Rolled Oats
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Rolled Oats
A tablespoon of rolled oats

Rolled oats are a type of lightly processed whole-grain food. Traditionally, they are made from oat groats that have been dehusked and steamed, before being rolled into flat flakes under heavy rollers and then stabilized by being lightly toasted[].

Rolled oats that are sold for porridge usually have had the tough outer bran removed.[] They have often, but not always, been lightly baked, pressure-cooked, or otherwise processed in some fashion. Thick-rolled oats are large whole flakes, and thin-rolled oats are smaller, fragmented flakes. Rolled whole oats, without further processing, can be cooked into a porridge and eaten as old-fashioned oats, but more highly fragmented and processed rolled oats absorb water much more easily and therefore cook faster into a porridge, so they are sometimes called "quick" or "instant" oats.

Besides porridge, rolled oats are most often the main ingredient in granola and muesli. They can be further processed into a coarse powder, which, when cooked, becomes a thick liquid like broth. Finer oatmeal powder is often used as baby food.


The oat, like other cereals, has a hard, inedible outer husk that must be removed before the grain can be eaten. After the outer husk (or chaff) has been removed from the still bran-covered oat grains, the remainder is called oat groats. Since the bran layer, though nutritious, makes the grains tough to chew and contains an enzyme that can cause the oats to go rancid, raw oat groats are often further steam-treated to soften them for a quicker cooking time (modern "quick oats") and to denature the enzymes for a longer shelf life.[1]

Steel-cut or pinhead oats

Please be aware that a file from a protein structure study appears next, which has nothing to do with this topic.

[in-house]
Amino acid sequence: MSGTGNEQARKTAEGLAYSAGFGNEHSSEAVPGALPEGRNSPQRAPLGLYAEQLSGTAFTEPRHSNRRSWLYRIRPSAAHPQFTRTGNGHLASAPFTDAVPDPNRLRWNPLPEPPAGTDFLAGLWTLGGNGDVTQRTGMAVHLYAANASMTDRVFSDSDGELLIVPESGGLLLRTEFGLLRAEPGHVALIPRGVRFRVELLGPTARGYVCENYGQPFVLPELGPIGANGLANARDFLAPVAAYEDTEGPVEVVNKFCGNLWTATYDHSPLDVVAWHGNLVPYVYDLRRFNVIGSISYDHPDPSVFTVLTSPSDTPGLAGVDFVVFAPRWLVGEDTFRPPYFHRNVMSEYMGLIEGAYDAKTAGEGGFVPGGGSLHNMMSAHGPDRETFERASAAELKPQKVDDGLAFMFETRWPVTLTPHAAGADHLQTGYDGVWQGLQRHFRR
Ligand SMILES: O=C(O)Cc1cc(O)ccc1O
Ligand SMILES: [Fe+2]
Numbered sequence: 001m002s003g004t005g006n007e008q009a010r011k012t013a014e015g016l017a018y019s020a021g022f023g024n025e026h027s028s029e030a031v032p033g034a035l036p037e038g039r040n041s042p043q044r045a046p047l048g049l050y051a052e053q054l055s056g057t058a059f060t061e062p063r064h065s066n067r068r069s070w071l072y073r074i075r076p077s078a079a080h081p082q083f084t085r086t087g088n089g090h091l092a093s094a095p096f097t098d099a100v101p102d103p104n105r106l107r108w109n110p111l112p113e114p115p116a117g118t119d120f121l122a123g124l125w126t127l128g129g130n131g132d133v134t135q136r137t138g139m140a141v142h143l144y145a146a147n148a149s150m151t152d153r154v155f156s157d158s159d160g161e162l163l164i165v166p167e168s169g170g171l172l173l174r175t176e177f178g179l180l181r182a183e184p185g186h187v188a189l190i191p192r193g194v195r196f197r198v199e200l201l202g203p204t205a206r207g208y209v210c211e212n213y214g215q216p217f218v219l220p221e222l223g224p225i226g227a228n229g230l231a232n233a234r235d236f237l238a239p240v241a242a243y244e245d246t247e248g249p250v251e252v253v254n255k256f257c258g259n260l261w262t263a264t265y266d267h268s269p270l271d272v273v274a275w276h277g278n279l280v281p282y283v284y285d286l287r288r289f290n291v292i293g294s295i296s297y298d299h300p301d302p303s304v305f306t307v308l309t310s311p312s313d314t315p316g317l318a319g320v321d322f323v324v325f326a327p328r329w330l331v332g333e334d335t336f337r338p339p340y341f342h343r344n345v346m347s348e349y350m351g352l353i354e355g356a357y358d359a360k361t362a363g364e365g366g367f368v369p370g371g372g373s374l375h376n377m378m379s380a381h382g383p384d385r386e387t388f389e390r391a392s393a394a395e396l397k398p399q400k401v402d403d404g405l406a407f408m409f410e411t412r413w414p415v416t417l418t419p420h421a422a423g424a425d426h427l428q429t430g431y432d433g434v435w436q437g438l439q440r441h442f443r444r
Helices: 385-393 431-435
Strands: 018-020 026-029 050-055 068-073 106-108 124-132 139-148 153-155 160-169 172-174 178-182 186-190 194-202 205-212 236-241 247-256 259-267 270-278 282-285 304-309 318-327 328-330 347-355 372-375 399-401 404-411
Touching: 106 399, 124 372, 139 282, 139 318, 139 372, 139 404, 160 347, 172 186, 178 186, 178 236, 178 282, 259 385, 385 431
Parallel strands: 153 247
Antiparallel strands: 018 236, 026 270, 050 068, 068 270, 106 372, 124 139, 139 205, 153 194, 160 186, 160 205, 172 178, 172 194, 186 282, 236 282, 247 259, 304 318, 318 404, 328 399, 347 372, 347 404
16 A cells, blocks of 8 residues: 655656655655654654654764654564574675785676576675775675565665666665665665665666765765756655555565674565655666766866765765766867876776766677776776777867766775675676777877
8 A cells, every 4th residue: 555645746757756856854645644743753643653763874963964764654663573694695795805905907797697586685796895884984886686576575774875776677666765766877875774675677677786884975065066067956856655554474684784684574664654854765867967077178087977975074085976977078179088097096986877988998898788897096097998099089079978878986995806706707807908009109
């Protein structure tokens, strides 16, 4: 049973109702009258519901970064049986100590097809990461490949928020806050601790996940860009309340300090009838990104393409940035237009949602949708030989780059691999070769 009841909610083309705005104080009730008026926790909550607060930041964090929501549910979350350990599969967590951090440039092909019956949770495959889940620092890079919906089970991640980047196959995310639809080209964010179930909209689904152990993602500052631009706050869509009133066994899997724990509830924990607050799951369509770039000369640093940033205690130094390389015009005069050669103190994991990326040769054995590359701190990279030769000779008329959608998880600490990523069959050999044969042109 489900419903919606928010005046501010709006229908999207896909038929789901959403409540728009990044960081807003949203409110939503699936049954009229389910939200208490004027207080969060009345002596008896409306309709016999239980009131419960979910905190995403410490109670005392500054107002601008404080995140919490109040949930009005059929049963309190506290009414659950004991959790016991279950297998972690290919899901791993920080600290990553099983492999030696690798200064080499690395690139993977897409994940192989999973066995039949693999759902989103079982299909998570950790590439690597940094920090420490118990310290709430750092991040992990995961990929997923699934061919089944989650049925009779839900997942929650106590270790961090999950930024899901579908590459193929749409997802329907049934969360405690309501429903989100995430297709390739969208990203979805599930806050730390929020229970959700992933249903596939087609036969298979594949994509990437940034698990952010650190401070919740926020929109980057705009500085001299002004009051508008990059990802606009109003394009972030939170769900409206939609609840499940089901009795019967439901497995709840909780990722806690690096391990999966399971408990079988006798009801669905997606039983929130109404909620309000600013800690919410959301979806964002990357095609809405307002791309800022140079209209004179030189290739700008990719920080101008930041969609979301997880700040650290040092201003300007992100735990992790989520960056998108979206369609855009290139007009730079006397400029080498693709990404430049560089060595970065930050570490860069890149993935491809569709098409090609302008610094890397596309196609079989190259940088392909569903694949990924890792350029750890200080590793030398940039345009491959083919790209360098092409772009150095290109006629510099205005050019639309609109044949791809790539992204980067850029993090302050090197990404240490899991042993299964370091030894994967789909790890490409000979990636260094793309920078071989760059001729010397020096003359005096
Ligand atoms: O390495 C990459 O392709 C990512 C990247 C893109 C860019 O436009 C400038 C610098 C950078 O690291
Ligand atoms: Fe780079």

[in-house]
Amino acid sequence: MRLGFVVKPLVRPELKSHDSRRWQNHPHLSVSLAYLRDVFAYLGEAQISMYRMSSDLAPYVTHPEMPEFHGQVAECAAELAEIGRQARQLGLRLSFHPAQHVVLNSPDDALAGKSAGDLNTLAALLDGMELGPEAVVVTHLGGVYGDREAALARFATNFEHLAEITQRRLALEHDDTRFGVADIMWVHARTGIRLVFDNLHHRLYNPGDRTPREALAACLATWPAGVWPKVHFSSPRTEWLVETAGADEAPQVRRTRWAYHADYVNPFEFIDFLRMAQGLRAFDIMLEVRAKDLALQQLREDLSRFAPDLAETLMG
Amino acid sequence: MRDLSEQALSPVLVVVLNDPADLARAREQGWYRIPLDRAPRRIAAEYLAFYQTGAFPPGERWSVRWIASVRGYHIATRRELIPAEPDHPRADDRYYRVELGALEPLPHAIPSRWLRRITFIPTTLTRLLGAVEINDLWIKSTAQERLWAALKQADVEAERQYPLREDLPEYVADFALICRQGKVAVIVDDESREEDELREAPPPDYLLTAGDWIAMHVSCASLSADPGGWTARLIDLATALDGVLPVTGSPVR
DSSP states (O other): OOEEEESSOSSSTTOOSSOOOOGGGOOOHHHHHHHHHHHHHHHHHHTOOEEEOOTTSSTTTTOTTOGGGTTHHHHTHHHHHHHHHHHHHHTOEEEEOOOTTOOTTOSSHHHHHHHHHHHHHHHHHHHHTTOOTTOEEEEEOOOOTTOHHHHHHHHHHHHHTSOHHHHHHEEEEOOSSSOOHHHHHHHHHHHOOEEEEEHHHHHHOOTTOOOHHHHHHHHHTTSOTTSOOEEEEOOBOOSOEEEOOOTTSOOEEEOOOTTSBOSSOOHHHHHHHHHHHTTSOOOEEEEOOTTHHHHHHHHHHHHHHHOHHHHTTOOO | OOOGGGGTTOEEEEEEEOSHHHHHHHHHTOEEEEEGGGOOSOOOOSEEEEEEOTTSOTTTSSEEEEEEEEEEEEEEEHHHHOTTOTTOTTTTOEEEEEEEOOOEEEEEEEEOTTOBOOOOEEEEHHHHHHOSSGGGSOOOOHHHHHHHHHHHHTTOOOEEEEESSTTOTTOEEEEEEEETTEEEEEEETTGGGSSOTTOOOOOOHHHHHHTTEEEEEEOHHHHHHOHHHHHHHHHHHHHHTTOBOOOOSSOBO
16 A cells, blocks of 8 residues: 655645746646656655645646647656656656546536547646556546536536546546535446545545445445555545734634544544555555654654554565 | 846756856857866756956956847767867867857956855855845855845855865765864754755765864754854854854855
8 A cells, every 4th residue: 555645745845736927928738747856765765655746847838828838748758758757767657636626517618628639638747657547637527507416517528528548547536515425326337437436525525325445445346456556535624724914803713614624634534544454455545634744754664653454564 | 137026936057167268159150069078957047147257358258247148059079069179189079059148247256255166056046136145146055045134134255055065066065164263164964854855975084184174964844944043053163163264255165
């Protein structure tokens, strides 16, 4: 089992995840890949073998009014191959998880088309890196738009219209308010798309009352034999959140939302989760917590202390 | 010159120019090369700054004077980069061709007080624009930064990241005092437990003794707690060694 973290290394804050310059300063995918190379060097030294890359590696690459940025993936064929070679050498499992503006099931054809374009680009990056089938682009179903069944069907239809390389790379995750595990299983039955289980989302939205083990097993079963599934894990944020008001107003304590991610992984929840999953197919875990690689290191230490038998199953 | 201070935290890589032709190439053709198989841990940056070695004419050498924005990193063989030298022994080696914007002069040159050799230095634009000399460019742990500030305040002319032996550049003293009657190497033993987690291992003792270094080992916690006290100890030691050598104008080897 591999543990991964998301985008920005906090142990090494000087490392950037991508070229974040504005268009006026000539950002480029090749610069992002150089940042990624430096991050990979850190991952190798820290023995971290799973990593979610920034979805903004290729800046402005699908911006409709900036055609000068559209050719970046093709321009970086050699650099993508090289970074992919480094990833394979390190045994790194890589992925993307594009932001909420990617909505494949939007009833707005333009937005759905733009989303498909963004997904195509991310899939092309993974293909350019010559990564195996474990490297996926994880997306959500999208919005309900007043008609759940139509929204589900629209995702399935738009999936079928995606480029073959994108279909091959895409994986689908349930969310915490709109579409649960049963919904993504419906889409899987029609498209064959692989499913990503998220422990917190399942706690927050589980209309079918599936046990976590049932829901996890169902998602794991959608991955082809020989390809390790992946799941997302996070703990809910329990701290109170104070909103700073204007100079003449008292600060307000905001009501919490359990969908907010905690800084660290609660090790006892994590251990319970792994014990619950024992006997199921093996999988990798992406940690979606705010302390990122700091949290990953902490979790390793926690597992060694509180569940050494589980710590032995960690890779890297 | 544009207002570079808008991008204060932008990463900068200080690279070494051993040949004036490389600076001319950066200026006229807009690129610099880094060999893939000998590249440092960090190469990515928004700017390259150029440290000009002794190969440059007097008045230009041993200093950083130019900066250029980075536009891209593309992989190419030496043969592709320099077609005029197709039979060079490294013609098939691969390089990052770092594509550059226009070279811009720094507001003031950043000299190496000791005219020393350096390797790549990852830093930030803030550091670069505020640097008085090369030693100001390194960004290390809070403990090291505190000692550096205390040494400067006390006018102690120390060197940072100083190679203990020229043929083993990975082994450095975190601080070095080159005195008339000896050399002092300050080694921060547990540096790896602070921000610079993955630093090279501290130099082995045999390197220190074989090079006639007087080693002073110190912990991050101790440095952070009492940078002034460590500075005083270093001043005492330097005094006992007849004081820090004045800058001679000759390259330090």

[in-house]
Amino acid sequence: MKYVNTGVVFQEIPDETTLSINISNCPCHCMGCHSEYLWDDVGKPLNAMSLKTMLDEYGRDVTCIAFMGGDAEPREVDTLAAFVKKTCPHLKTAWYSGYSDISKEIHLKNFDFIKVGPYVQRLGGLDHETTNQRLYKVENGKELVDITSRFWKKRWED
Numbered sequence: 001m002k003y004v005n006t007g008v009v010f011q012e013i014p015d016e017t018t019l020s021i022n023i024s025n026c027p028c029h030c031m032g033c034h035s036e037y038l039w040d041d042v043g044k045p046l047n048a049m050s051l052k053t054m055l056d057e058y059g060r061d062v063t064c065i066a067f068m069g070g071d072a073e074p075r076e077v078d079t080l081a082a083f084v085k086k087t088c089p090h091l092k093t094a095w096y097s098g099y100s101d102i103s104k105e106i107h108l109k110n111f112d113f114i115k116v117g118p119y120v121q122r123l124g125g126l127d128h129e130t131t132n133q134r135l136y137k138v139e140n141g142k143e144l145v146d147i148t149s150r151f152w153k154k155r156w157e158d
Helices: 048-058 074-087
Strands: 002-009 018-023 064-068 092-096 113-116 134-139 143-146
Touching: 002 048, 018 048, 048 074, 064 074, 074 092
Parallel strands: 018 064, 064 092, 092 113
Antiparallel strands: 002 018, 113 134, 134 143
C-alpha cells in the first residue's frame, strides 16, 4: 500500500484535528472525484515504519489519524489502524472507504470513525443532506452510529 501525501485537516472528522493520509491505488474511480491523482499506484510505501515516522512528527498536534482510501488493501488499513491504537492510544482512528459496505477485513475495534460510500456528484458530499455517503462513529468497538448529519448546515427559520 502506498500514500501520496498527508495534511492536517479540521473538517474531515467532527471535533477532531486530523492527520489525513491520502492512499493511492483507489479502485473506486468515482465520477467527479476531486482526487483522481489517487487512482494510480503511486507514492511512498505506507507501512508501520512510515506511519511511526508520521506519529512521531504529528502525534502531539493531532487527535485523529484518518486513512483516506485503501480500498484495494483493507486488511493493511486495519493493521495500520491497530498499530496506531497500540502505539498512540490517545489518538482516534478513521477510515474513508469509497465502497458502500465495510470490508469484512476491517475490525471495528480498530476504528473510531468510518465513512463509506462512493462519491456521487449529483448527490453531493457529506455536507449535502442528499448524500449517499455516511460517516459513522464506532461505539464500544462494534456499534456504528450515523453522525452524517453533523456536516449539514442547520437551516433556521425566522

Steel-cut or pinhead oats are oat groats that have been chopped into smaller pieces before any steaming and thus retain bits of the bran layer.


Rolled oats can be eaten without further heating or cooking: The oats are soaked for 1-6 hours in water-based liquid, such as water or fruit juice. The soak duration depends on shape, size and pre-processing technique, saving the time and the energy spent on heating, preserving its taste, and saving its nutritional values destroyed during cooking.[2][3]

Traditionally, oat groats are a whole grain that can be used as a breakfast cereal, just like the various forms of oatmeal, rolled oats and pinhead oats can be cooked to make porridge.[4] Rolled oats are used in granola, muesli, oatcakes, and flapjacks (like a granola bar, not a pancake).


Whole oats are an excellent source of thiamine, iron, and dietary fiber. Whole oats are also the only source of antioxidant compounds known as avenanthramides; these are believed[by whom?] to have properties which help to protect the circulatory system from arteriosclerosis.[5] Oat products also contain beta-glucan.

See also


  1. ^ "Types of Oats". The Whole Grain Council. Retrieved 2016.
  2. ^ "Vitamin stability after cooking" (PDF).
  3. ^ Alexander, JC (1981). "Toxicity of heated fats". J Toxicol Environ Health. 7 (1): 125-38. doi:10.1080/15287398109529964. PMID 7265292.
  4. ^ Cloake, Felicity (10 November 2011). "How to cook perfect porridge" – via The Guardian.
  5. ^ Thomas, Michael; Kim, Sharon; Guo, Weimin; Collins, F.; Wise, Mitchell (17 January 2018). "High Levels of Avenanthramides in Oat-Based Diet Further Suppress High Fat Diet-Induced Atherosclerosis in Ldlr-/- Mice". Journal of Agricultural and Food Chemistry. 66 (2): 498-504. doi:10.1021/acs.jafc.7b04860. PMID 29298067. Retrieved 2019.

  This article uses material from the Wikipedia page available here. It is released under the Creative Commons Attribution-Share-Alike License 3.0.



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